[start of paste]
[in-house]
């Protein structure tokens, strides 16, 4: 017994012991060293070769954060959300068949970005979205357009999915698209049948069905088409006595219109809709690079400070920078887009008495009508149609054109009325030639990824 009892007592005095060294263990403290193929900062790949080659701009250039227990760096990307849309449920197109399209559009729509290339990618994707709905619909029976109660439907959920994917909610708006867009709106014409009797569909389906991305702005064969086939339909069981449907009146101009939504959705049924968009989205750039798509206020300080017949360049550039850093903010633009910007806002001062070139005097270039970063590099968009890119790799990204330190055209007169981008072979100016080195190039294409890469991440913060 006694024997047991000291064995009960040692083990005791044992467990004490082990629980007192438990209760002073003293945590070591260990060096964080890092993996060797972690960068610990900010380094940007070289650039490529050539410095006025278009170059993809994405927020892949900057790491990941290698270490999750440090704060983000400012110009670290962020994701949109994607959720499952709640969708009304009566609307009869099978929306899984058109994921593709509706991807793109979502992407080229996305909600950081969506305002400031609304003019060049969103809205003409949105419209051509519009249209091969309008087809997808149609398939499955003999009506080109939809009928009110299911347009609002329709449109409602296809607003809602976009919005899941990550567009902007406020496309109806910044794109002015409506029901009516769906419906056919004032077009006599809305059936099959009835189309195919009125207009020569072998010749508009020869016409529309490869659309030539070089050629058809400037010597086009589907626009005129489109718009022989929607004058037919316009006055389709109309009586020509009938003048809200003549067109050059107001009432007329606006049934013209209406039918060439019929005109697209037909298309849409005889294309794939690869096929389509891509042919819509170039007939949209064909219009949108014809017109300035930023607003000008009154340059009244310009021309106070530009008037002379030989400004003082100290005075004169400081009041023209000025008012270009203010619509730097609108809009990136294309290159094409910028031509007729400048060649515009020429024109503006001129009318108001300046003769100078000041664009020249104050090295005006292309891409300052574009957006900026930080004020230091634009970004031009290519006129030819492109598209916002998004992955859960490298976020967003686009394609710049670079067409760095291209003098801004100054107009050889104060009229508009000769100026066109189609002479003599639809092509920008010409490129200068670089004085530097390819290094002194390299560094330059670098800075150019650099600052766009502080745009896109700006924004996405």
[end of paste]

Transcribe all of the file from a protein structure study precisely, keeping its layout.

[in-house]
């Protein structure tokens, strides 16, 4: 017994012991060293070769954060959300068949970005979205357009999915698209049948069905088409006595219109809709690079400070920078887009008495009508149609054109009325030639990824 009892007592005095060294263990403290193929900062790949080659701009250039227990760096990307849309449920197109399209559009729509290339990618994707709905619909029976109660439907959920994917909610708006867009709106014409009797569909389906991305702005064969086939339909069981449907009146101009939504959705049924968009989205750039798509206020300080017949360049550039850093903010633009910007806002001062070139005097270039970063590099968009890119790799990204330190055209007169981008072979100016080195190039294409890469991440913060 006694024997047991000291064995009960040692083990005791044992467990004490082990629980007192438990209760002073003293945590070591260990060096964080890092993996060797972690960068610990900010380094940007070289650039490529050539410095006025278009170059993809994405927020892949900057790491990941290698270490999750440090704060983000400012110009670290962020994701949109994607959720499952709640969708009304009566609307009869099978929306899984058109994921593709509706991807793109979502992407080229996305909600950081969506305002400031609304003019060049969103809205003409949105419209051509519009249209091969309008087809997808149609398939499955003999009506080109939809009928009110299911347009609002329709449109409602296809607003809602976009919005899941990550567009902007406020496309109806910044794109002015409506029901009516769906419906056919004032077009006599809305059936099959009835189309195919009125207009020569072998010749508009020869016409529309490869659309030539070089050629058809400037010597086009589907626009005129489109718009022989929607004058037919316009006055389709109309009586020509009938003048809200003549067109050059107001009432007329606006049934013209209406039918060439019929005109697209037909298309849409005889294309794939690869096929389509891509042919819509170039007939949209064909219009949108014809017109300035930023607003000008009154340059009244310009021309106070530009008037002379030989400004003082100290005075004169400081009041023209000025008012270009203010619509730097609108809009990136294309290159094409910028031509007729400048060649515009020429024109503006001129009318108001300046003769100078000041664009020249104050090295005006292309891409300052574009957006900026930080004020230091634009970004031009290519006129030819492109598209916002998004992955859960490298976020967003686009394609710049670079067409760095291209003098801004100054107009050889104060009229508009000769100026066109189609002479003599639809092509920008010409490129200068670089004085530097390819290094002194390299560094330059670098800075150019650099600052766009502080745009896109700006924004996405």